Explore the basics when it comes to forages for beef cattle.


Forages for beef cattle are an important part of your operation’s efforts. They are the main source of food for your herd, and the least expensive option. An article from the South Florida Beef-Forage Program explains forages, and we shared the basics on forages. Find a summary of the article’s information concerning what affects forage quality below.

Factors the Affect Forage Quality


Growing Conditions:

  • “In the spring, temperatures begin to get warmer, day length increases, and fertilizer is typically applied to Bahia grass pastures, which all result in forage growth and increased forage quantity.”
  • “In summer, rainfall increases, and temperature and day length are greatest of any time of year which leads to rapid forage growth. Rapid forage growth also leads to increasing plant maturity which decreases nutritive value.”
  • “In fall and winter, temperature, day length, and rainfall decrease reducing forage growth, and the forage plant puts nutrients into the roots preparing for regrowth in the spring. This decreases the nutritive value of the forage available to the cow.”

Plant Maturity:

  • “Young forage is also of very high nutritive value, but there is usually not a large quantity available for the cow. Thus, the cow may not be able to consume enough of the high-quality forage to meet nutrient requireme”
  • “As forage plants mature, protein content decreases, and fiber content increases, but digestibility of fiber decreases due to increased lignification of the fiber. Lignin is a molecule that is virtually indigestible.”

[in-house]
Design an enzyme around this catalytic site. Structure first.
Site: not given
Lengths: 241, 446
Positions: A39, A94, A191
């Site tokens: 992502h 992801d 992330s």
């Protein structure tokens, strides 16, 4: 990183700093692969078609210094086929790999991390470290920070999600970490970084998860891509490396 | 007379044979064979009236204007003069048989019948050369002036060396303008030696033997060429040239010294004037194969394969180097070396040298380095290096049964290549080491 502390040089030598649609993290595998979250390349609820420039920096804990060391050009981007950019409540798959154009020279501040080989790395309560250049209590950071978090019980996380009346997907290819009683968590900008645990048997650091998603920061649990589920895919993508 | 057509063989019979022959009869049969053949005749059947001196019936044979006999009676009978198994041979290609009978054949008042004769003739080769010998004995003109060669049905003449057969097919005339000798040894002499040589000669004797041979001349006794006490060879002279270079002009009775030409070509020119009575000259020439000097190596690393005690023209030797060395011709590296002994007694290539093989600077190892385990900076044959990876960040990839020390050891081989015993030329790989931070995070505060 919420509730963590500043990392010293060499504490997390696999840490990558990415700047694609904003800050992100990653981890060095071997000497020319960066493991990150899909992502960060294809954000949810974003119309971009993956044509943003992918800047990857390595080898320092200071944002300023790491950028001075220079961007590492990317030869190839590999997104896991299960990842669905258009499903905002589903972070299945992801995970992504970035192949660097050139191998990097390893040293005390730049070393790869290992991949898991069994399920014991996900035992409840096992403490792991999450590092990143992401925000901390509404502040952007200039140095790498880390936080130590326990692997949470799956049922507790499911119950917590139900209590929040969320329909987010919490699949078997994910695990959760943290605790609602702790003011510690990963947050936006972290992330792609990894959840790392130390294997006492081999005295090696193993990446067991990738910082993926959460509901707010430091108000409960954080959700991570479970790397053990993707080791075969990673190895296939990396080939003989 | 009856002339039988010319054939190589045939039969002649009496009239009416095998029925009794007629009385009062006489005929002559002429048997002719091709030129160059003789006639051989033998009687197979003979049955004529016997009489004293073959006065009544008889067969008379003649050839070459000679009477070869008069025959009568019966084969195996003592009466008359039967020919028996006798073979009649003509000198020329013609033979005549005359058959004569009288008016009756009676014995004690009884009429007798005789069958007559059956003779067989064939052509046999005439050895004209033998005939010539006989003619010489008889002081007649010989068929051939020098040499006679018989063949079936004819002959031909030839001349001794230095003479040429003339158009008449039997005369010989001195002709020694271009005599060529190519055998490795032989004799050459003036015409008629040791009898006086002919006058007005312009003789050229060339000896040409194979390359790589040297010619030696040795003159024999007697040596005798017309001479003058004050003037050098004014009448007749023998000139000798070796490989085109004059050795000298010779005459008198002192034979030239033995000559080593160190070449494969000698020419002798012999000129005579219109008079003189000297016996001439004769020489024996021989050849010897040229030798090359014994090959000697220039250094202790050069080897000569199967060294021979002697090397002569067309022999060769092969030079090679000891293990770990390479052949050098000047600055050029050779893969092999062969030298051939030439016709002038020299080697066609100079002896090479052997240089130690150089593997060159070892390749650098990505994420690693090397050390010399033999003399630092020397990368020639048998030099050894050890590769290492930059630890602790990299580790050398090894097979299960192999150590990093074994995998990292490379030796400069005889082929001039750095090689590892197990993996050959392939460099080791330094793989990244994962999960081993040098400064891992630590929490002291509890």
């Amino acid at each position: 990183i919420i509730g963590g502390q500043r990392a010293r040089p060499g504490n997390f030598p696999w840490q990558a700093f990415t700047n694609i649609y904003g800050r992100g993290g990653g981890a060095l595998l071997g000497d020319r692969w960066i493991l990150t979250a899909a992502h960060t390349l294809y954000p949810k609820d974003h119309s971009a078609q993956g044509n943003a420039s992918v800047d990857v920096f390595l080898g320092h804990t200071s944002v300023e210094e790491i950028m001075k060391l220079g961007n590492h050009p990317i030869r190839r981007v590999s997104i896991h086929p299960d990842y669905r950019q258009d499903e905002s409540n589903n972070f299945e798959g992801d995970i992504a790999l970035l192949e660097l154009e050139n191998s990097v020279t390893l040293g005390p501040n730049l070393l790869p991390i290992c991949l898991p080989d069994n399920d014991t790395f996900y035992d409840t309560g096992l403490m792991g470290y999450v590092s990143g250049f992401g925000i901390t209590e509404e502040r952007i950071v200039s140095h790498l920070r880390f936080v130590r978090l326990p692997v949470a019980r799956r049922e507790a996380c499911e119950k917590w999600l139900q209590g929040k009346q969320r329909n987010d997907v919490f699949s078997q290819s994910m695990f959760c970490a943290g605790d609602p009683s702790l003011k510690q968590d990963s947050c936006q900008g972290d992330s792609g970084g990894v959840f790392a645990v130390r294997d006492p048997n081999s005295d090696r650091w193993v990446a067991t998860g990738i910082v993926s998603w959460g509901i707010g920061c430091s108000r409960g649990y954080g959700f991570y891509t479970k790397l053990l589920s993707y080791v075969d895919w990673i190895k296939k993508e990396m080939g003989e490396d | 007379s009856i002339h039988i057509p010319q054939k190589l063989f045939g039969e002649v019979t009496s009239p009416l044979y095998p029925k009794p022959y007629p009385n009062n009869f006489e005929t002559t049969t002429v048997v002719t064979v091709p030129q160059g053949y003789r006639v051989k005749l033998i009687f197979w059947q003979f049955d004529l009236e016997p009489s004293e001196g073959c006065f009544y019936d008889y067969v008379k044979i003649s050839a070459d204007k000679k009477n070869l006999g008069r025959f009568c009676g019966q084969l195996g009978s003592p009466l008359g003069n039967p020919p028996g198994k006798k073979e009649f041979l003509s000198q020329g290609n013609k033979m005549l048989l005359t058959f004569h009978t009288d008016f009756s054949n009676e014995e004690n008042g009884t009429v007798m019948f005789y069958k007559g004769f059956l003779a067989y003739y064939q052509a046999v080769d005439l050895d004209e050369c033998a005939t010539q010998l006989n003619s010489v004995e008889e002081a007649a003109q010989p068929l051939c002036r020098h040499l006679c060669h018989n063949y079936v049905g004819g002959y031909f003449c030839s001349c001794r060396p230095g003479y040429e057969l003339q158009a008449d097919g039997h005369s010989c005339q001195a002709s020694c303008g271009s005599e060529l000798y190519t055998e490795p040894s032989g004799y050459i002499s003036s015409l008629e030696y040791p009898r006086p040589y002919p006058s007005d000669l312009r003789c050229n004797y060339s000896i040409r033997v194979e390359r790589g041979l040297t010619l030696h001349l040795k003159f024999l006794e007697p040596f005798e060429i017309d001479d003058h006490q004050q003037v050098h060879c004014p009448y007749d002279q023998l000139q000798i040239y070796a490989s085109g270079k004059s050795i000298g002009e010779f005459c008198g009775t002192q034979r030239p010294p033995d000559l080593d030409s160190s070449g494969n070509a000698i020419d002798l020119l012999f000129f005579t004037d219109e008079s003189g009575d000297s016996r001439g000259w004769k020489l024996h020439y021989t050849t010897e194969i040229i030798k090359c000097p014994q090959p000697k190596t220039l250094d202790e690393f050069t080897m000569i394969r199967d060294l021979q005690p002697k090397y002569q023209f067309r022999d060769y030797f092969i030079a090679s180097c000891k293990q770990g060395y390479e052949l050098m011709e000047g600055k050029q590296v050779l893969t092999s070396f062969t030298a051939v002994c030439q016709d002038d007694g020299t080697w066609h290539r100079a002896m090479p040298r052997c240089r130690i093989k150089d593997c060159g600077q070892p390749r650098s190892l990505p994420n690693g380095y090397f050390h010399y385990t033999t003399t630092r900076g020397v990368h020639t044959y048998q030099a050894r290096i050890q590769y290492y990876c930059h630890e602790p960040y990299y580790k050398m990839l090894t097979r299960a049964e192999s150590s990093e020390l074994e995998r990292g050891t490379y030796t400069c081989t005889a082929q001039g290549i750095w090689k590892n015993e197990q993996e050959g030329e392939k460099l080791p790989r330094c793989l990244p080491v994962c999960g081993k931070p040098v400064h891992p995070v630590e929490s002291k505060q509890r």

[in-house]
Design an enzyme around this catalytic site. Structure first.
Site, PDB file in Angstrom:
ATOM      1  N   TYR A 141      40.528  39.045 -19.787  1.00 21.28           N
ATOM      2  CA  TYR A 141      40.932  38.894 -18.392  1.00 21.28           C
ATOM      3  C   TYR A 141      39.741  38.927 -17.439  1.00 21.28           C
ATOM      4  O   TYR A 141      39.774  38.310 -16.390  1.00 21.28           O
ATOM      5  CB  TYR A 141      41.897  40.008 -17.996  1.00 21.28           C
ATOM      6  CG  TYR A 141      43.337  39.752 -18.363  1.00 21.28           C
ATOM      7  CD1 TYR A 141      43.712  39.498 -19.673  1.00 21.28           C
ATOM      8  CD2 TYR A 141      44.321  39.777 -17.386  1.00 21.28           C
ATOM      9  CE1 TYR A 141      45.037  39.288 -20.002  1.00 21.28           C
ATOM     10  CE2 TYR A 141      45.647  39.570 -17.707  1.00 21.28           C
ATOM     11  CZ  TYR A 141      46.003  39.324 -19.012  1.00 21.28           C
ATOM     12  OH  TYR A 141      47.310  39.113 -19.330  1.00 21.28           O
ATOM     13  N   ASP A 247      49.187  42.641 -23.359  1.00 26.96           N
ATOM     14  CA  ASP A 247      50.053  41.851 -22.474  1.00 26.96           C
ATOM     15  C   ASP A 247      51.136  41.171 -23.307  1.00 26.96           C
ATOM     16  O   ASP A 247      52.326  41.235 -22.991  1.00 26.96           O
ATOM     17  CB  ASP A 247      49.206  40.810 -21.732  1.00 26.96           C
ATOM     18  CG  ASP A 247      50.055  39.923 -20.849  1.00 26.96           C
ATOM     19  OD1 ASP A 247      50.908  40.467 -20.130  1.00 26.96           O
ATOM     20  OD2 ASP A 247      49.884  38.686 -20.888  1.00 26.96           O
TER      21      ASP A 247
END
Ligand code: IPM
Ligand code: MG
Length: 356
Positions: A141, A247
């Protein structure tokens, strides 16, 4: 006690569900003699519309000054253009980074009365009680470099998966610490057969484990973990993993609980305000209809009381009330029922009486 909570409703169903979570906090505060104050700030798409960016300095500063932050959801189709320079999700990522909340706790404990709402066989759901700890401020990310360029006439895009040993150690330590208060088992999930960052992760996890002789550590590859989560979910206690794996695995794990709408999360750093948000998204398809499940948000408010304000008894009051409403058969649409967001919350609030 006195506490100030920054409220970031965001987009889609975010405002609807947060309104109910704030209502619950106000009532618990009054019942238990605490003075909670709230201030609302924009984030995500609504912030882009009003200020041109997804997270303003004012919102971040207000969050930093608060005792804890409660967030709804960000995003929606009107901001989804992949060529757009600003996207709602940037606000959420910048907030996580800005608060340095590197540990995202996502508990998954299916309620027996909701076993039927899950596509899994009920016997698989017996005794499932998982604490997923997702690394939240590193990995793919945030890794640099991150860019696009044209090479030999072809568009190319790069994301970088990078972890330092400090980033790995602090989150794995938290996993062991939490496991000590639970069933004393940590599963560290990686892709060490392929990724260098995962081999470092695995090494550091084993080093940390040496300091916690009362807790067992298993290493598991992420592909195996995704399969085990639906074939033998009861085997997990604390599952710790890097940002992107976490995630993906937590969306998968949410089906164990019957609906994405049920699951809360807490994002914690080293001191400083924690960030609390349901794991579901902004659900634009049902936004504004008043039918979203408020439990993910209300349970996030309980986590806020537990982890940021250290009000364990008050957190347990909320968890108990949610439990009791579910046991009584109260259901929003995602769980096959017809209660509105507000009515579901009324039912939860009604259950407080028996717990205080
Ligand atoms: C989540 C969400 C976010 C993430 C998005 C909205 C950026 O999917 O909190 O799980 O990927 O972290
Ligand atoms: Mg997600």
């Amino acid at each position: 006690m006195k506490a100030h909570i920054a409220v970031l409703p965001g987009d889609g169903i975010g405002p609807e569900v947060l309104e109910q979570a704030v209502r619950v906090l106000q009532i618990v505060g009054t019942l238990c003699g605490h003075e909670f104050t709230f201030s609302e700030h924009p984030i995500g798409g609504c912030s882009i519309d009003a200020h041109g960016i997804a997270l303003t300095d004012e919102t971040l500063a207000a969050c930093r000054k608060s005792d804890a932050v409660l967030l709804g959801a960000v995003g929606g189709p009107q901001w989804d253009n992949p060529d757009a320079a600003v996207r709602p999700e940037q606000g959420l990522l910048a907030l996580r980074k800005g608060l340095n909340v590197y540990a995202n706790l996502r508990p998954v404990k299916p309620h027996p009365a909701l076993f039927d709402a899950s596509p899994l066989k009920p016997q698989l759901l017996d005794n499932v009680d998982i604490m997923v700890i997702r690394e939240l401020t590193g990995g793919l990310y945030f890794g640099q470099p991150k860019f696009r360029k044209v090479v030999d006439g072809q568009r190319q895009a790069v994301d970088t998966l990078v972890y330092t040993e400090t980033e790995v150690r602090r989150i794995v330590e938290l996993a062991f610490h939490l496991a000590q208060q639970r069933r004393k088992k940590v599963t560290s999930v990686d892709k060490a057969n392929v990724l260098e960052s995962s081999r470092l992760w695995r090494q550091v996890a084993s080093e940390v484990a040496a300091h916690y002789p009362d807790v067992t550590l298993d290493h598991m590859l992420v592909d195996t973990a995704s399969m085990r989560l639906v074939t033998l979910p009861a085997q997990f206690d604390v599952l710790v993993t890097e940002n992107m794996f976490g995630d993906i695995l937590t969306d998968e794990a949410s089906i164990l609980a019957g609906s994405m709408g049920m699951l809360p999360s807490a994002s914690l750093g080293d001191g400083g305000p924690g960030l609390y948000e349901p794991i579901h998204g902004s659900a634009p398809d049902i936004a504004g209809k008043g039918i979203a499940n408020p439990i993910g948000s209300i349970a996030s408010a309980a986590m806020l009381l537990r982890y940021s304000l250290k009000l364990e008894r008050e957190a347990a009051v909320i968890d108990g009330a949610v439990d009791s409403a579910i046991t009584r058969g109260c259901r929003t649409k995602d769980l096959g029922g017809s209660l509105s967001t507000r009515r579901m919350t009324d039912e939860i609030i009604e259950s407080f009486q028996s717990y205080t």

• “As the forage plant matures, fiber content increases and fiber digestibility decreases, which limits the amount of forage the cow can consume. The more mature forage has lower nutritive value and the cow cannot consume as much of the low-quality forage compounding the effect on nutrient intake.”
  • “More mature forage plants have decreased protein content. Protein intake is not only important for the cow, it is important for the rumen microbes to effectively digest forage fiber. Typically, forage protein content below 7% will decrease forage intake by the cow because the microbes are lacking protein necessary to digest forage fiber. Supplemental protein will be necessary to maximize forage intake and digestion. At 7% protein and above, forage fiber digestibility and forage intake are maximized.”

Solutions, according to the article, are managing grazing/harvesting and forage testing: “When the forage plant is grazed by the cow or mowed for hay, it causes the plant to put on new growth that has high nutritive value. Grazing or mowing more frequently will increase the nutritive value of the available forage to be harvested by the cow or for hay in the next grazing cycle or cutting. However, there is an optimum. Grazing or mowing too frequently will reduce plant growth and forage yield.”

Griffin Fertilizer is committed to helping both growers and ranchers make sound agronomic and economic decisions in order to maximize the health of their grove and pasture. As a full-service custom dry & liquid fertilizer blender and crop protection product distributor, we will continue our mission to further advance Florida agriculture. For questions or concerns about your farm or pasture, contact us and one of our team will be in touch.